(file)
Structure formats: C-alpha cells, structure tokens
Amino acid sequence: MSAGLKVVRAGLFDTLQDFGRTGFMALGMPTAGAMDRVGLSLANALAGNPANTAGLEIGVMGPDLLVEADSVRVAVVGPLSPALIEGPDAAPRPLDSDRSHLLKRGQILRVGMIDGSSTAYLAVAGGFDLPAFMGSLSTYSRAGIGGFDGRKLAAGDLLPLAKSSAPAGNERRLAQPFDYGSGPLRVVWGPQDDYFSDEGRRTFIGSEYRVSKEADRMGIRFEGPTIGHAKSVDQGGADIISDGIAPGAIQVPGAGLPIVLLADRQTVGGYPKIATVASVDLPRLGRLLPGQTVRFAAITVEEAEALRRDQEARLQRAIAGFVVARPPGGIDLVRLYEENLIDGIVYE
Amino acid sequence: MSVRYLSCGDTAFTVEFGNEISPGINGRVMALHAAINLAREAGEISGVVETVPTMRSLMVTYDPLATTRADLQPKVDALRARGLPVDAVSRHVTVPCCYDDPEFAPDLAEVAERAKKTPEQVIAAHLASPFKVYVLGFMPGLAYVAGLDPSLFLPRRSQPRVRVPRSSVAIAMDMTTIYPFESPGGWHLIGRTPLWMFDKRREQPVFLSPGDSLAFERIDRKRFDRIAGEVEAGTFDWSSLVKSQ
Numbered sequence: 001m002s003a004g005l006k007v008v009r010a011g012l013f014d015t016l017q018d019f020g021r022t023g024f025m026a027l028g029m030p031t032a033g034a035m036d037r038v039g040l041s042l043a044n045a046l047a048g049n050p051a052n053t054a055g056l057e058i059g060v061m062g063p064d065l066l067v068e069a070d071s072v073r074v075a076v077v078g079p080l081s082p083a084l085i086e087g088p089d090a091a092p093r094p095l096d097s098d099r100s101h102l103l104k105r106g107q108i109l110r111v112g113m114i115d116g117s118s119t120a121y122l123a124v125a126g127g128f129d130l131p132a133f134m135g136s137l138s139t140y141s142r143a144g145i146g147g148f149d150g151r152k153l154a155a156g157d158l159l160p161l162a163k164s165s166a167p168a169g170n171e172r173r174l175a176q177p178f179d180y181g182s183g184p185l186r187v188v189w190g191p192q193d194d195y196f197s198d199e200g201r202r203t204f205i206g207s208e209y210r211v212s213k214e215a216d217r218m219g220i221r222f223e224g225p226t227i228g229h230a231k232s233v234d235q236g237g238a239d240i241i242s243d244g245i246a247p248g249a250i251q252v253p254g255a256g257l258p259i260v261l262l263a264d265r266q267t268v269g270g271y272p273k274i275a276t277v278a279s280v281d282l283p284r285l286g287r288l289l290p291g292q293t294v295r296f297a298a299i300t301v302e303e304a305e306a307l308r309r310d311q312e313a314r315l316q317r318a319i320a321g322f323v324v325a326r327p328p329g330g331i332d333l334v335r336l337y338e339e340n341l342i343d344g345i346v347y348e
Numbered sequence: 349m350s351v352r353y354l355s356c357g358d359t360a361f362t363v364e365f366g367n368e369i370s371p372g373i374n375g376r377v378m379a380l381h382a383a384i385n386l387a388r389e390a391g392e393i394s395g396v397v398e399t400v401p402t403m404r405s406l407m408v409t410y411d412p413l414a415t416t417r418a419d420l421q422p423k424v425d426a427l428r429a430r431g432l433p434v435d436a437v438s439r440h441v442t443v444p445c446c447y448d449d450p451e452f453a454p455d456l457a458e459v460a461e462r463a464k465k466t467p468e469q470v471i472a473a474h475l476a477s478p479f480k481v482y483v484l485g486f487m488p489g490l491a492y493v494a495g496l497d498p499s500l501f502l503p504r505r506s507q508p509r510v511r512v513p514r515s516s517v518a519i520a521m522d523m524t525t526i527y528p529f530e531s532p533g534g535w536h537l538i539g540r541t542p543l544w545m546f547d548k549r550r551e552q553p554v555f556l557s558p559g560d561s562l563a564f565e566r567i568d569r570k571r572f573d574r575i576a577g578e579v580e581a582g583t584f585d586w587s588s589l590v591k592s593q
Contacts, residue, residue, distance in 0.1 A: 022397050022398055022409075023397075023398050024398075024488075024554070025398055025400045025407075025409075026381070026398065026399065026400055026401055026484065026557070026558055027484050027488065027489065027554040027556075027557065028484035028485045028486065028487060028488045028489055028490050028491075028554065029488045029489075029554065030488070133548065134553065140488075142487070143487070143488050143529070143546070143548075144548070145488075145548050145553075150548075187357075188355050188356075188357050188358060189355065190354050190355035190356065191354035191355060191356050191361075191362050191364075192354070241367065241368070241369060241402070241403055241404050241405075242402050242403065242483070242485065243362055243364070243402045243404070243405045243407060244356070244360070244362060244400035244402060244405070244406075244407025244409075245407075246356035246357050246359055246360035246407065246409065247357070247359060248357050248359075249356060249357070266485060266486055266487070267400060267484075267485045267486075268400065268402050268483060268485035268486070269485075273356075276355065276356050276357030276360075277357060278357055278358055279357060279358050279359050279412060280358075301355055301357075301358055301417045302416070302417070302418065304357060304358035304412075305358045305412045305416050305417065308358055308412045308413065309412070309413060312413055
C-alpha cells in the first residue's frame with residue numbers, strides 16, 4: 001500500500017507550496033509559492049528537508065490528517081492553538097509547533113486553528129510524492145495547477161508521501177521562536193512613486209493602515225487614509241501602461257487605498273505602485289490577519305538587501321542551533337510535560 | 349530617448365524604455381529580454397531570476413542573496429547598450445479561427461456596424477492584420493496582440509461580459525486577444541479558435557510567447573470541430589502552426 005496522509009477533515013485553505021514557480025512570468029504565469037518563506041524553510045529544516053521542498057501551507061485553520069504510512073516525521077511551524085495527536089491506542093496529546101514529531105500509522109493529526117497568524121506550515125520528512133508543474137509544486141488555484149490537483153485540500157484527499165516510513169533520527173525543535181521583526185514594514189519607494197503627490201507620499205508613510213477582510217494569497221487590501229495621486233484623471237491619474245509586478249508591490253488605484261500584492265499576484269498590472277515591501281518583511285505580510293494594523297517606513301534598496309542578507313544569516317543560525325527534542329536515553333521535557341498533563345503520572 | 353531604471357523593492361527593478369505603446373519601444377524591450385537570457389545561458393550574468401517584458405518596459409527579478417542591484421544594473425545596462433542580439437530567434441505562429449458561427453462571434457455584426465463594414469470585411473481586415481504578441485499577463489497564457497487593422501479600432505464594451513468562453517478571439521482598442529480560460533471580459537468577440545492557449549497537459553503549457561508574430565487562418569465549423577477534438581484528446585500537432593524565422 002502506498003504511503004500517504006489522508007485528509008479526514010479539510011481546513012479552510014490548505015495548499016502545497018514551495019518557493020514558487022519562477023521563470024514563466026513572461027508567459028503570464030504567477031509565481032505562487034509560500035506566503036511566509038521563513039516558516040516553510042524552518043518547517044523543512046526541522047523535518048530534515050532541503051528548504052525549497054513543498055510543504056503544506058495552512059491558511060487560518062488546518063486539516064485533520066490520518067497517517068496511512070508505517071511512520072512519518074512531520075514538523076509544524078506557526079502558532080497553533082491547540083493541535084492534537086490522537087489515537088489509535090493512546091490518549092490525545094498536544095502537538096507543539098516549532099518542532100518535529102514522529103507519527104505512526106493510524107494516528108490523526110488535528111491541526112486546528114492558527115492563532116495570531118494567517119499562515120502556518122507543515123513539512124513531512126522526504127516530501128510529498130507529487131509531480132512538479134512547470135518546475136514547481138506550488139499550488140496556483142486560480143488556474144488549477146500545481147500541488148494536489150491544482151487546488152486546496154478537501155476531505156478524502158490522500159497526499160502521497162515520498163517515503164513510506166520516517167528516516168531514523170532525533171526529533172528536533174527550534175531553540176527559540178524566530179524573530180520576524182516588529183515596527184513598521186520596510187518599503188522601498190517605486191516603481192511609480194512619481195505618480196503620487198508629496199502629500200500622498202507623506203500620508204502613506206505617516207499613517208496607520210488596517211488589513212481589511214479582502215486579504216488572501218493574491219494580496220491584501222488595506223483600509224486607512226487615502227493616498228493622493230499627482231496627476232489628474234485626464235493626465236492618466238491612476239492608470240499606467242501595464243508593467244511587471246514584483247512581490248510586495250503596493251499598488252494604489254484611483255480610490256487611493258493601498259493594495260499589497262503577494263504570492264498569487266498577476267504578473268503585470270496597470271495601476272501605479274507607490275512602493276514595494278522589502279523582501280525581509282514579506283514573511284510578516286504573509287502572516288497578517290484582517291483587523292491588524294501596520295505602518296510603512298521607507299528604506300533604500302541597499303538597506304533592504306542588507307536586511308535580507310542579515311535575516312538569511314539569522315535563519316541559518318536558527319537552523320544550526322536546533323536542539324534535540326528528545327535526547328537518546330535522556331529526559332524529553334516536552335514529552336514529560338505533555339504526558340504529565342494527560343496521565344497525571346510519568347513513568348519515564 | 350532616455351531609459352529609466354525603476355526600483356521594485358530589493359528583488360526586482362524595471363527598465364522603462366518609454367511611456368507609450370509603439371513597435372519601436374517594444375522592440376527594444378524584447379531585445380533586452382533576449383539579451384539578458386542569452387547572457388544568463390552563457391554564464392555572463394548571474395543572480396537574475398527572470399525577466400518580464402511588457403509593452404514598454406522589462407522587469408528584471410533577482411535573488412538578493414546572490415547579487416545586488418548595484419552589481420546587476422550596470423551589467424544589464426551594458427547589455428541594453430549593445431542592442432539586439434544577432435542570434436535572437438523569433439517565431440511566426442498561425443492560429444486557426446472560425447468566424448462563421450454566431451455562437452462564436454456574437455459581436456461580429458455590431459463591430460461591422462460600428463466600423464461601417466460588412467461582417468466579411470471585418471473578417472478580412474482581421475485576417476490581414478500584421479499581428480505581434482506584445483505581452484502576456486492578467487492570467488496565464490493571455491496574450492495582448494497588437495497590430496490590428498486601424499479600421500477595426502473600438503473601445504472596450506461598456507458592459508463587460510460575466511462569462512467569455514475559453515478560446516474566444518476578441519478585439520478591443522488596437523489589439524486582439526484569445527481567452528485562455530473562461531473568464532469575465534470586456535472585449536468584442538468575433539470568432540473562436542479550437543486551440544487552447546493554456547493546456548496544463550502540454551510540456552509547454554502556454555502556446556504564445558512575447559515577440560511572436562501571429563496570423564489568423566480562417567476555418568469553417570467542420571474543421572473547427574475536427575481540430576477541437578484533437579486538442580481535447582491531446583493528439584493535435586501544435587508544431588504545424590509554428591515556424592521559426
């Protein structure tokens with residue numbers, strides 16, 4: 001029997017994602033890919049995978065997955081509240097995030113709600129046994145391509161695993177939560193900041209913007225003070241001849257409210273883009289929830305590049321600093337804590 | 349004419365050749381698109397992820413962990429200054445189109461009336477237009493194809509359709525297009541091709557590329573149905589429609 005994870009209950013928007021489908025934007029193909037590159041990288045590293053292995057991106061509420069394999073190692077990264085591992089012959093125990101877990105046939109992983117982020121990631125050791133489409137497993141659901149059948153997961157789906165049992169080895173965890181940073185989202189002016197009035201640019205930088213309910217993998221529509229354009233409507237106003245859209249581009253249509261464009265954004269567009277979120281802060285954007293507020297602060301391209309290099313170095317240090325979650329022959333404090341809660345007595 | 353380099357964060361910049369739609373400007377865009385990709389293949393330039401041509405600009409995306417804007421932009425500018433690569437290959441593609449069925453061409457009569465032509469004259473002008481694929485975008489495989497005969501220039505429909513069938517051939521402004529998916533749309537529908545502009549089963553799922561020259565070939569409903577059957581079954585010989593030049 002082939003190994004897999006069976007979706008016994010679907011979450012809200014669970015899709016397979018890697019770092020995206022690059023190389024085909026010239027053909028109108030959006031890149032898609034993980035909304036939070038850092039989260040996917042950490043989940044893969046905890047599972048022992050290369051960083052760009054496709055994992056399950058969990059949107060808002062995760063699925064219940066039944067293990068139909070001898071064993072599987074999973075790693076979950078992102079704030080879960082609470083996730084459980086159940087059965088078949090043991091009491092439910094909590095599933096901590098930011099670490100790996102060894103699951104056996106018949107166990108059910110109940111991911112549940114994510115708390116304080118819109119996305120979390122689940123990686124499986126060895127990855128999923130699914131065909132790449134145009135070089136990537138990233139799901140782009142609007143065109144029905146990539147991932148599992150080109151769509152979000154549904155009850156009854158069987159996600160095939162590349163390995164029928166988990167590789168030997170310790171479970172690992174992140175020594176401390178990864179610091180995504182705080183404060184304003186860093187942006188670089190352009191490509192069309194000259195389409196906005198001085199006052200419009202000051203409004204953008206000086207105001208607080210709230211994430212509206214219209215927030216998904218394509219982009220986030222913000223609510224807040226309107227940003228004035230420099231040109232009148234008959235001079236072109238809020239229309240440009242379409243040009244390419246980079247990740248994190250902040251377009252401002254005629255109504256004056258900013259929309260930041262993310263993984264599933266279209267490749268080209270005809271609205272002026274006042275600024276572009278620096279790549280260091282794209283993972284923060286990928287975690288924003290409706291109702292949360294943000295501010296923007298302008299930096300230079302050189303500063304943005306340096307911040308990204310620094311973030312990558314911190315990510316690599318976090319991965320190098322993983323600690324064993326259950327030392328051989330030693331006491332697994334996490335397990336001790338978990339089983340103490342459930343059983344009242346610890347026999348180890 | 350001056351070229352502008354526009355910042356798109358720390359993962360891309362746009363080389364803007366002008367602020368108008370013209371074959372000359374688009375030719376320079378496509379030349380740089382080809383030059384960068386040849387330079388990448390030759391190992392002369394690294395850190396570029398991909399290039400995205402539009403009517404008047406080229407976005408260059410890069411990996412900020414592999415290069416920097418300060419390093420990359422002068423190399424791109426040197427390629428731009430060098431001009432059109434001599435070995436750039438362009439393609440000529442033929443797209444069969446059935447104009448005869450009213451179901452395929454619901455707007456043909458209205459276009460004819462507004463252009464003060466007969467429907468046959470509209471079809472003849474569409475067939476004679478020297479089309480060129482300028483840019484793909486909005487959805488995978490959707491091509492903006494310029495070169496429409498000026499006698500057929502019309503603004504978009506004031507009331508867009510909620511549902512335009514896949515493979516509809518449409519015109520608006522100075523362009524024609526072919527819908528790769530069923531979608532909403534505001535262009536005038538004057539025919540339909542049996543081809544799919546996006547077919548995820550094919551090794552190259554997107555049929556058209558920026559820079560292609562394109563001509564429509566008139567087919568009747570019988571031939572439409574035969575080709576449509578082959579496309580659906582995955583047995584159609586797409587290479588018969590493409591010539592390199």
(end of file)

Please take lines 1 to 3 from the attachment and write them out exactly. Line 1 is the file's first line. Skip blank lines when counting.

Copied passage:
Structure formats: C-alpha cells, structure tokens
Amino acid sequence: MSAGLKVVRAGLFDTLQDFGRTGFMALGMPTAGAMDRVGLSLANALAGNPANTAGLEIGVMGPDLLVEADSVRVAVVGPLSPALIEGPDAAPRPLDSDRSHLLKRGQILRVGMIDGSSTAYLAVAGGFDLPAFMGSLSTYSRAGIGGFDGRKLAAGDLLPLAKSSAPAGNERRLAQPFDYGSGPLRVVWGPQDDYFSDEGRRTFIGSEYRVSKEADRMGIRFEGPTIGHAKSVDQGGADIISDGIAPGAIQVPGAGLPIVLLADRQTVGGYPKIATVASVDLPRLGRLLPGQTVRFAAITVEEAEALRRDQEARLQRAIAGFVVARPPGGIDLVRLYEENLIDGIVYE
Amino acid sequence: MSVRYLSCGDTAFTVEFGNEISPGINGRVMALHAAINLAREAGEISGVVETVPTMRSLMVTYDPLATTRADLQPKVDALRARGLPVDAVSRHVTVPCCYDDPEFAPDLAEVAERAKKTPEQVIAAHLASPFKVYVLGFMPGLAYVAGLDPSLFLPRRSQPRVRVPRSSVAIAMDMTTIYPFESPGGWHLIGRTPLWMFDKRREQPVFLSPGDSLAFERIDRKRFDRIAGEVEAGTFDWSSLVKSQ